Last night I wandered along to the Petrie Museum for a rather interesting idea. The museum was hosting a small film event and was going to show a viewing of the Hammer Horror classic, The Mummy – which was rather apt for a museum dedicated to Egypt.

The viewing was not in a large cinema or auditorium (as they do at the next-door Grant Museum), but was set up inside the museum itself. So, after arriving and wandering round the place for a short while with glass of wine in hand, we settled down on a small collection of chairs and listened to the resident Egyptologist give a short intro to the film.

The film is based in part on the early mummy horror movies, but was the first to be in colour, and also took the topic seriously – as recent mummy movies had tended to be comedies.

The film director was not that familiar with Egypt – so the studio hired a so-called expert to assist. It seems they may have been sold a pup, as no one seems to have heard of the advisor and he made some absolute howlers in the movie. The worst, which he apparently assured the studio no one would notice (and everyone did) was to decide there was a God called Karnak, when in fact Karnak is a famous temple complex.

Anyhow, intro over – lights off and film started.

The museum was going for atmosphere rather than technical excellence, so we basically had a DVD projected onto a small screen – but sitting in the dark, surrounded by a huge collection of Egyptian relics while watching an Egyptian horror movie was rather fun.

In a way, it also reminded me of the first time I saw Star Wars when I lived in the Middle-East as that was just a room in the Abu Dhabi Hilton with a projector and a small screen.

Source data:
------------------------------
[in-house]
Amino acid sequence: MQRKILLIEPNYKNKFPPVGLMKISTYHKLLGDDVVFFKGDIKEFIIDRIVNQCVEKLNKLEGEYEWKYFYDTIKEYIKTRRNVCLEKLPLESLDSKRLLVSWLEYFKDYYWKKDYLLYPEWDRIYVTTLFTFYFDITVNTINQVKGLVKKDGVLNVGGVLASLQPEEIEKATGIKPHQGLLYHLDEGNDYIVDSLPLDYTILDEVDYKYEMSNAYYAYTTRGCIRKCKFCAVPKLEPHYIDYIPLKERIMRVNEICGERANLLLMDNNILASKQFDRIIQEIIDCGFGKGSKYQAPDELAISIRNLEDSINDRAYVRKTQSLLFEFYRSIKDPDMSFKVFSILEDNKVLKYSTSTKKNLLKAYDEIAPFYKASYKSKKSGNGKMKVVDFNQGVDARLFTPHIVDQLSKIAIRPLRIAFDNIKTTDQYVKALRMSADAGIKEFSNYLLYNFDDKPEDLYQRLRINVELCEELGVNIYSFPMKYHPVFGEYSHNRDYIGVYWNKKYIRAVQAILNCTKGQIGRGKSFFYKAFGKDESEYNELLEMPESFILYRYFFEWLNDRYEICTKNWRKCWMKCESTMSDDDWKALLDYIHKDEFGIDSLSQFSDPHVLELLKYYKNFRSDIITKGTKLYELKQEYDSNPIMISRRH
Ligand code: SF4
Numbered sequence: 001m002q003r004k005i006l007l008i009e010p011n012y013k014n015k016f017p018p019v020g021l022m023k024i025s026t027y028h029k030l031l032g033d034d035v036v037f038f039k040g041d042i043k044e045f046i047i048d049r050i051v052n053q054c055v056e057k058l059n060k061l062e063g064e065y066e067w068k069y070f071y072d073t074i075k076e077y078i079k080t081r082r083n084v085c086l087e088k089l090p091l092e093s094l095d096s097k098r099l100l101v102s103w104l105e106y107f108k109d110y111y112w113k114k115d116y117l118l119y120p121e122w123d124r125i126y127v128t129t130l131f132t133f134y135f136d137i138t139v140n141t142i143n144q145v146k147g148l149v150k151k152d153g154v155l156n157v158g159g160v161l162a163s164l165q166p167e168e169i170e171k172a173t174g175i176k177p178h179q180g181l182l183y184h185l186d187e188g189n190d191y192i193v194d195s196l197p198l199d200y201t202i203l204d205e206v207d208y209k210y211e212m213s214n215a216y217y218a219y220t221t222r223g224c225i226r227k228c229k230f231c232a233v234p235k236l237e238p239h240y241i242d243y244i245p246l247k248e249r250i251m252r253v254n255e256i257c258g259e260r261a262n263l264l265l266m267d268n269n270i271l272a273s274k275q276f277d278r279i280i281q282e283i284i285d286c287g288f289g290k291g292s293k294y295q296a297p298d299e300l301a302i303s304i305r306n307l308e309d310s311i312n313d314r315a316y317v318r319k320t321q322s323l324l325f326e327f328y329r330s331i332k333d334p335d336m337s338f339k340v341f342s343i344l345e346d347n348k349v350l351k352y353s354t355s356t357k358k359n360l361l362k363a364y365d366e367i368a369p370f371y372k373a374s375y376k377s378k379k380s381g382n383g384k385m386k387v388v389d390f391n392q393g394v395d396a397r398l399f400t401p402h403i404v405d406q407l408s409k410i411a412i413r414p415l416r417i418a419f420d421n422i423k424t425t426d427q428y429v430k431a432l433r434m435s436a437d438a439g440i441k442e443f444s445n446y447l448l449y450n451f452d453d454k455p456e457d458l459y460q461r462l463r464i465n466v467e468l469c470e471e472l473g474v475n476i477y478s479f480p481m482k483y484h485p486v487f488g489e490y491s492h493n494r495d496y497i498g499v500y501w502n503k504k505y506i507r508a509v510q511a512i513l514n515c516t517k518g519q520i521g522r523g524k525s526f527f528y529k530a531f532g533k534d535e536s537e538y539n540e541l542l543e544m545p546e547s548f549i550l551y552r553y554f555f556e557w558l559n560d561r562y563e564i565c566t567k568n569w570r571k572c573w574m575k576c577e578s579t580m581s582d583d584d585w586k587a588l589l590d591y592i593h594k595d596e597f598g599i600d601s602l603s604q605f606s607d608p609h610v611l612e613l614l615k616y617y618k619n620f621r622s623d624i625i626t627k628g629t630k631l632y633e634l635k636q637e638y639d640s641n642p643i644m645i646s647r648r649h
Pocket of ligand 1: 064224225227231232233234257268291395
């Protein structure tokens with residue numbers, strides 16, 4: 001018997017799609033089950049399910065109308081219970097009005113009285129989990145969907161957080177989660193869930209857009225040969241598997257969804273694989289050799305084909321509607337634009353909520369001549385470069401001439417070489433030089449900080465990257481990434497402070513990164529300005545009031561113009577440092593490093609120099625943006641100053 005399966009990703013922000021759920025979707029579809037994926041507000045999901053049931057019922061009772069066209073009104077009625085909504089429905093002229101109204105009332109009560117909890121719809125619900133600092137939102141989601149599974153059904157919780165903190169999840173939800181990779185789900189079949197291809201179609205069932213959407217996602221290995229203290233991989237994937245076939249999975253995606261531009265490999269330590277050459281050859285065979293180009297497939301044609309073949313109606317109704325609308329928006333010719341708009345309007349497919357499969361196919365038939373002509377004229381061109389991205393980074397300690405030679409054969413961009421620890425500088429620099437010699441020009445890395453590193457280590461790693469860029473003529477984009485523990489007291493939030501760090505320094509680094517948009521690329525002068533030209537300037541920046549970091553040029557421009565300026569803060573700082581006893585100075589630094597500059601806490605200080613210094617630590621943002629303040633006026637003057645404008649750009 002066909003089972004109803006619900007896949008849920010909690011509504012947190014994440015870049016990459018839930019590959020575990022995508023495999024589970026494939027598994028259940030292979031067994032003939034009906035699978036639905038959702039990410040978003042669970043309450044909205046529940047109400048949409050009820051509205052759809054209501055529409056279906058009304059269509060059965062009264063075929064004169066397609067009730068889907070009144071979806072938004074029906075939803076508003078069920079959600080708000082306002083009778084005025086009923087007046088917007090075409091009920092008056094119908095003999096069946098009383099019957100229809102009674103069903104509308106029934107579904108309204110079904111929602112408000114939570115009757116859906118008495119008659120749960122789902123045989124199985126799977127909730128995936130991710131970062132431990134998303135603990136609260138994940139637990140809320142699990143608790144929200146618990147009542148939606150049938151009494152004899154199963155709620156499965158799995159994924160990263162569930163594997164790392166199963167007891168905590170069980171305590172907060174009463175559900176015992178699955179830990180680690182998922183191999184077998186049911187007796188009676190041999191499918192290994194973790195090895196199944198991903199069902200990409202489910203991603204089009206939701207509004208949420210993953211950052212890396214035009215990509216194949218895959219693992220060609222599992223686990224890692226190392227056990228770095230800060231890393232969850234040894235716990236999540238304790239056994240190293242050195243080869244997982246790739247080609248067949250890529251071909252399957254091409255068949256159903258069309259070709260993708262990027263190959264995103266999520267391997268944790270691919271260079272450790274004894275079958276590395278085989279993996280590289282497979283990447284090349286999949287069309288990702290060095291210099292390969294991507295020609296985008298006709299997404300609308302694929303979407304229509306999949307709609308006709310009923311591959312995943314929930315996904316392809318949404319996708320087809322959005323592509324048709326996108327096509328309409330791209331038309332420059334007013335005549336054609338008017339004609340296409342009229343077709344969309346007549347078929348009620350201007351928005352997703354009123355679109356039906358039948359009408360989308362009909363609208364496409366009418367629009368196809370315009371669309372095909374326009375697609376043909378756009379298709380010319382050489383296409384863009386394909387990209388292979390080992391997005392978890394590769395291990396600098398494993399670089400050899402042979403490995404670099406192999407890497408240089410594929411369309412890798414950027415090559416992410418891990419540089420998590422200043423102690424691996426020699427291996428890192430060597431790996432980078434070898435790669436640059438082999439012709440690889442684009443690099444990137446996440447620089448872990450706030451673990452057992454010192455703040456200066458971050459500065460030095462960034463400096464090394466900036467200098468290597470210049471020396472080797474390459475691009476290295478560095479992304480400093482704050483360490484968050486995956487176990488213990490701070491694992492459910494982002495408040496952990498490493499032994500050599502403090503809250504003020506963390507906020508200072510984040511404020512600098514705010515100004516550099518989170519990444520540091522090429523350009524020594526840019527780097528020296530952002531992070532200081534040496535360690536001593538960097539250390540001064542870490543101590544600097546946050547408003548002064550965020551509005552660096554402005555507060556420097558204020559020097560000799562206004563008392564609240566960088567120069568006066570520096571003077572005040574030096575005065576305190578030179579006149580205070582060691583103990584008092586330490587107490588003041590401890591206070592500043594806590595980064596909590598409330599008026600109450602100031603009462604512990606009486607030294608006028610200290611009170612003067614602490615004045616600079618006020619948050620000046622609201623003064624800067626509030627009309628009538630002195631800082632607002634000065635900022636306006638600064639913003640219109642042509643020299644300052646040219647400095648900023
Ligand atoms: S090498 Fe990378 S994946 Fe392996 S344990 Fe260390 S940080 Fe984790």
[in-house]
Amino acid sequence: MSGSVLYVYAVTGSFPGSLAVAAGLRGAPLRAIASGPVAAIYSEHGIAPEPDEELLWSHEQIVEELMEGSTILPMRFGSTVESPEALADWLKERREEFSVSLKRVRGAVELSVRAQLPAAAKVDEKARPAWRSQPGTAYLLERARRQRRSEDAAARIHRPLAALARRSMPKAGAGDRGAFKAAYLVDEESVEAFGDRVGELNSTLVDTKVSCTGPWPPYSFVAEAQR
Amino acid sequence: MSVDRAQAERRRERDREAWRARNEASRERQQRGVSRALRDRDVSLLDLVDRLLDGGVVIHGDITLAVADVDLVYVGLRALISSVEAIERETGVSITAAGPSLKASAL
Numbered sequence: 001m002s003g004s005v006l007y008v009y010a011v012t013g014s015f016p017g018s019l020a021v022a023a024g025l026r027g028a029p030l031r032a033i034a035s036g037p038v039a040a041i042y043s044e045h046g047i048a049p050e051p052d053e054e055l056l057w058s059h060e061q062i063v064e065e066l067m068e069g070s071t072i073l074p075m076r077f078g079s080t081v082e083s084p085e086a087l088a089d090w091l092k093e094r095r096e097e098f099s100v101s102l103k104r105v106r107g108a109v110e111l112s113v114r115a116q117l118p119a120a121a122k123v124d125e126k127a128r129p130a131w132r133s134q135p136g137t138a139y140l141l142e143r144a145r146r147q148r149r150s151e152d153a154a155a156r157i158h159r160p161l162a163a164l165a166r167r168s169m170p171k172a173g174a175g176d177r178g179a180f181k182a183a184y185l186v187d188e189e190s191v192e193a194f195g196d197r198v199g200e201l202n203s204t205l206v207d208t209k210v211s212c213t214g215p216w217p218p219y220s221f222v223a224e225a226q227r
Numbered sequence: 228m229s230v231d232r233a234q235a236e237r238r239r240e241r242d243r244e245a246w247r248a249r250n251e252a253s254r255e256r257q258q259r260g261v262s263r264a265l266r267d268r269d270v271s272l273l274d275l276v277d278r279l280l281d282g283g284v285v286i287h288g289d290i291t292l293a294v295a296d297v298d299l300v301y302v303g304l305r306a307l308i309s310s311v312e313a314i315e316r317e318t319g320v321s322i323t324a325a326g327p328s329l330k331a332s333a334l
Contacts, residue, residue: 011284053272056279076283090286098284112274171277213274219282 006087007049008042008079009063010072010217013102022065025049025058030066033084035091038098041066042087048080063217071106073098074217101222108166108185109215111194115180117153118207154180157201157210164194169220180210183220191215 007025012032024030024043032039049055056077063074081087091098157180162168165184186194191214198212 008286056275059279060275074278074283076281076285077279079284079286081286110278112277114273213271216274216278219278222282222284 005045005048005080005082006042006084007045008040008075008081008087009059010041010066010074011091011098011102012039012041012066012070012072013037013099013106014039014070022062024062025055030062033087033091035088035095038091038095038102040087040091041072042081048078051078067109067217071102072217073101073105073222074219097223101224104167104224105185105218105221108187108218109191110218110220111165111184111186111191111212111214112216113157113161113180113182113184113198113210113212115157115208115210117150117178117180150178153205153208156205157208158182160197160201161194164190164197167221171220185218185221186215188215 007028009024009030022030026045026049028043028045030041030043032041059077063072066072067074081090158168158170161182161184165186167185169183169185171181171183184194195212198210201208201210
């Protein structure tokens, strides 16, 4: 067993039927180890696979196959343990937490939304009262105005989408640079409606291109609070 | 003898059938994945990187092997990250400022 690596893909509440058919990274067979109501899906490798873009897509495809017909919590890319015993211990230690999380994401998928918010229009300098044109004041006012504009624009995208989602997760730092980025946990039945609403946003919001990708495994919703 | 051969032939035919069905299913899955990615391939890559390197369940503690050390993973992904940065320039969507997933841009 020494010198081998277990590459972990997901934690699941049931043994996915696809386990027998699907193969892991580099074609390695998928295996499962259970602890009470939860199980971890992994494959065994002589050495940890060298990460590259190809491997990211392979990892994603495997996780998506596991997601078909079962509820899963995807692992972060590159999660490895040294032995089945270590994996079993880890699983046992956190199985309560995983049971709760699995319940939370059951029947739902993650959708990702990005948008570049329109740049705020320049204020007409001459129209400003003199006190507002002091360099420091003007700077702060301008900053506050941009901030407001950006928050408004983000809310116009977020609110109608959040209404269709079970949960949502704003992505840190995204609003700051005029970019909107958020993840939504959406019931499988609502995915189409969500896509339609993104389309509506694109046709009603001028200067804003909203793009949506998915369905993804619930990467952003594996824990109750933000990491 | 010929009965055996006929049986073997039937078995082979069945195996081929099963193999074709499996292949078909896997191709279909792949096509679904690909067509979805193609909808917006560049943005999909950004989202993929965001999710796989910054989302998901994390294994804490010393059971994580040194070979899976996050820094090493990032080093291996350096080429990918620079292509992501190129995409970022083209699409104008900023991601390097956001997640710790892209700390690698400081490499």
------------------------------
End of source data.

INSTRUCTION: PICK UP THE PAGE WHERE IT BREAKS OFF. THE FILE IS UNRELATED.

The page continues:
Anyhow, it was quite a fun way to watch a movie, and apart from being squashed in between the antiques, the small number of people they could fit in made it feel more intimate as an experience.

The museum hopes to run a series of horror and Egypt themed movies next year – which I will list on the events calendar as soon as I have the details. We were also asked to suggest a few ideas for trashy movies to play, and a discussion prior to the viewing had lined up some ideas – and I suggested Land of the Pharaohs, which was one of those old-fashioned Hollywood epics with (of all people), Joan Collins in the lead role. A movie loosely based on Bram Stoker’s The Jewel of Seven Stars – Legend of the Mummy and the Disney classic, One of Our Dinosaurs is Missing were warmly appreciated. As you can maybe tell, they are not aiming for serious films or blockbusters 😉

Incidentally, the Museum is a rather lovely, if curious place being buried inside University College London, and is basically a vast display of antiquities – most of it collected by the founder of modern Egyptology, Flinders Petrie. However, unlike most museums, there are few explanatory signs and this is basically a huge “warehouse” of Egyptian antiques. I quite like it.

Note – slight artistic license with the posting title as this museum doesn’t actually have any Mummies (well, just a bit of one) – they are all over at the British Museum now.


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